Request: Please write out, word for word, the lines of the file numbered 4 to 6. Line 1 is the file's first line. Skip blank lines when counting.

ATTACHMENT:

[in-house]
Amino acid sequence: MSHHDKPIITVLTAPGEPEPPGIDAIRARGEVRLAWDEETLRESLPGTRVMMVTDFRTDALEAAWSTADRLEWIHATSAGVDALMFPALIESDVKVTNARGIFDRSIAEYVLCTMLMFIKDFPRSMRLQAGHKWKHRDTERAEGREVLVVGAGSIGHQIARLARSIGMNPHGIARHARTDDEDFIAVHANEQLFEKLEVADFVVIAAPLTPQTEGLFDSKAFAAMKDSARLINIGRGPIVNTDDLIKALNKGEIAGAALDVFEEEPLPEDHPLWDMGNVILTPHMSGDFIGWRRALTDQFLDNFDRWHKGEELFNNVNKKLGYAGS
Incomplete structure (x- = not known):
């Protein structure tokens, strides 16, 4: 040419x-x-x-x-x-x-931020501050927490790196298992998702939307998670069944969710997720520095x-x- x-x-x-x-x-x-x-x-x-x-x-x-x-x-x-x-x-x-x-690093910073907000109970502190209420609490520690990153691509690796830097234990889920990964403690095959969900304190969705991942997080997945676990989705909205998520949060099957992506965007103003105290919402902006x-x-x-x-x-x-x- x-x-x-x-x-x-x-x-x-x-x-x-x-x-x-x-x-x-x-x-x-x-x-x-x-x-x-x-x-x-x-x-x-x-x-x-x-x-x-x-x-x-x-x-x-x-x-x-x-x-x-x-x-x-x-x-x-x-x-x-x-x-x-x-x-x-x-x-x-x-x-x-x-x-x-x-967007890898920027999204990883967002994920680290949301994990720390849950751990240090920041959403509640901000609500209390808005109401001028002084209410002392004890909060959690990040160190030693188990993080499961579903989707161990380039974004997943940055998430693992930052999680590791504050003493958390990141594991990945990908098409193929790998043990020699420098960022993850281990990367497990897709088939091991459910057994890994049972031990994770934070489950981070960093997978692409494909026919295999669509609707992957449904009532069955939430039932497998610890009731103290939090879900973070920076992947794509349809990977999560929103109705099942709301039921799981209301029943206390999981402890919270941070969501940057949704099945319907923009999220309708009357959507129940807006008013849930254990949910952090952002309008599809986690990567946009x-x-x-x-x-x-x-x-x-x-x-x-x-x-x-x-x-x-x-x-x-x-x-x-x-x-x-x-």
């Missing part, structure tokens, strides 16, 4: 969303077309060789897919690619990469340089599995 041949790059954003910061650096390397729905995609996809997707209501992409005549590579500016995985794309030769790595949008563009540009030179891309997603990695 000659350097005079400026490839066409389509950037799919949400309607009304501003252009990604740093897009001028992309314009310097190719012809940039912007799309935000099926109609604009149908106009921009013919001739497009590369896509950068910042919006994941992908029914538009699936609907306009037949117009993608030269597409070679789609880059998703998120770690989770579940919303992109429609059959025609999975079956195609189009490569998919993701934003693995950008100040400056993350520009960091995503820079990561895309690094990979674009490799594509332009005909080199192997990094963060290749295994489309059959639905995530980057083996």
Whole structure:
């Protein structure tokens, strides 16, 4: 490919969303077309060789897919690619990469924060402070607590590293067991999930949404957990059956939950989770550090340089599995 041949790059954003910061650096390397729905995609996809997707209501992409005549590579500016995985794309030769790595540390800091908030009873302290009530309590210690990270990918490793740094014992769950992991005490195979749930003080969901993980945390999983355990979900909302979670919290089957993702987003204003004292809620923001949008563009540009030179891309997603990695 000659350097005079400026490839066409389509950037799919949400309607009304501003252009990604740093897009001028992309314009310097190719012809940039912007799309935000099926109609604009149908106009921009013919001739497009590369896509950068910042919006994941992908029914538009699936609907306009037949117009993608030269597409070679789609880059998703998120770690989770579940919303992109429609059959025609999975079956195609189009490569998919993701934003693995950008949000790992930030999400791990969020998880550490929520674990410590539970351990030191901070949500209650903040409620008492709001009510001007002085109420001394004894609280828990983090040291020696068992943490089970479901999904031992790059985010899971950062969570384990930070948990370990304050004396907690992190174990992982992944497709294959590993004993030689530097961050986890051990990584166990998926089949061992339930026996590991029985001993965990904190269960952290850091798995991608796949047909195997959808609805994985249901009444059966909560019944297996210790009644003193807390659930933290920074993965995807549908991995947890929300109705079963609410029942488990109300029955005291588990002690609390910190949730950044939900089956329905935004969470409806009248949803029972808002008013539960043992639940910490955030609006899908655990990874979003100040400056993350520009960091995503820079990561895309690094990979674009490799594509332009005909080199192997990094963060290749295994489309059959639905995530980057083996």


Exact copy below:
């Protein structure tokens, strides 16, 4: 040419x-x-x-x-x-x-931020501050927490790196298992998702939307998670069944969710997720520095x-x- x-x-x-x-x-x-x-x-x-x-x-x-x-x-x-x-x-x-x-690093910073907000109970502190209420609490520690990153691509690796830097234990889920990964403690095959969900304190969705991942997080997945676990989705909205998520949060099957992506965007103003105290919402902006x-x-x-x-x-x-x- x-x-x-x-x-x-x-x-x-x-x-x-x-x-x-x-x-x-x-x-x-x-x-x-x-x-x-x-x-x-x-x-x-x-x-x-x-x-x-x-x-x-x-x-x-x-x-x-x-x-x-x-x-x-x-x-x-x-x-x-x-x-x-x-x-x-x-x-x-x-x-x-x-x-x-x-967007890898920027999204990883967002994920680290949301994990720390849950751990240090920041959403509640901000609500209390808005109401001028002084209410002392004890909060959690990040160190030693188990993080499961579903989707161990380039974004997943940055998430693992930052999680590791504050003493958390990141594991990945990908098409193929790998043990020699420098960022993850281990990367497990897709088939091991459910057994890994049972031990994770934070489950981070960093997978692409494909026919295999669509609707992957449904009532069955939430039932497998610890009731103290939090879900973070920076992947794509349809990977999560929103109705099942709301039921799981209301029943206390999981402890919270941070969501940057949704099945319907923009999220309708009357959507129940807006008013849930254990949910952090952002309008599809986690990567946009x-x-x-x-x-x-x-x-x-x-x-x-x-x-x-x-x-x-x-x-x-x-x-x-x-x-x-x-």
């Missing part, structure tokens, strides 16, 4: 969303077309060789897919690619990469340089599995 041949790059954003910061650096390397729905995609996809997707209501992409005549590579500016995985794309030769790595949008563009540009030179891309997603990695 000659350097005079400026490839066409389509950037799919949400309607009304501003252009990604740093897009001028992309314009310097190719012809940039912007799309935000099926109609604009149908106009921009013919001739497009590369896509950068910042919006994941992908029914538009699936609907306009037949117009993608030269597409070679789609880059998703998120770690989770579940919303992109429609059959025609999975079956195609189009490569998919993701934003693995950008100040400056993350520009960091995503820079990561895309690094990979674009490799594509332009005909080199192997990094963060290749295994489309059959639905995530980057083996």
Whole structure: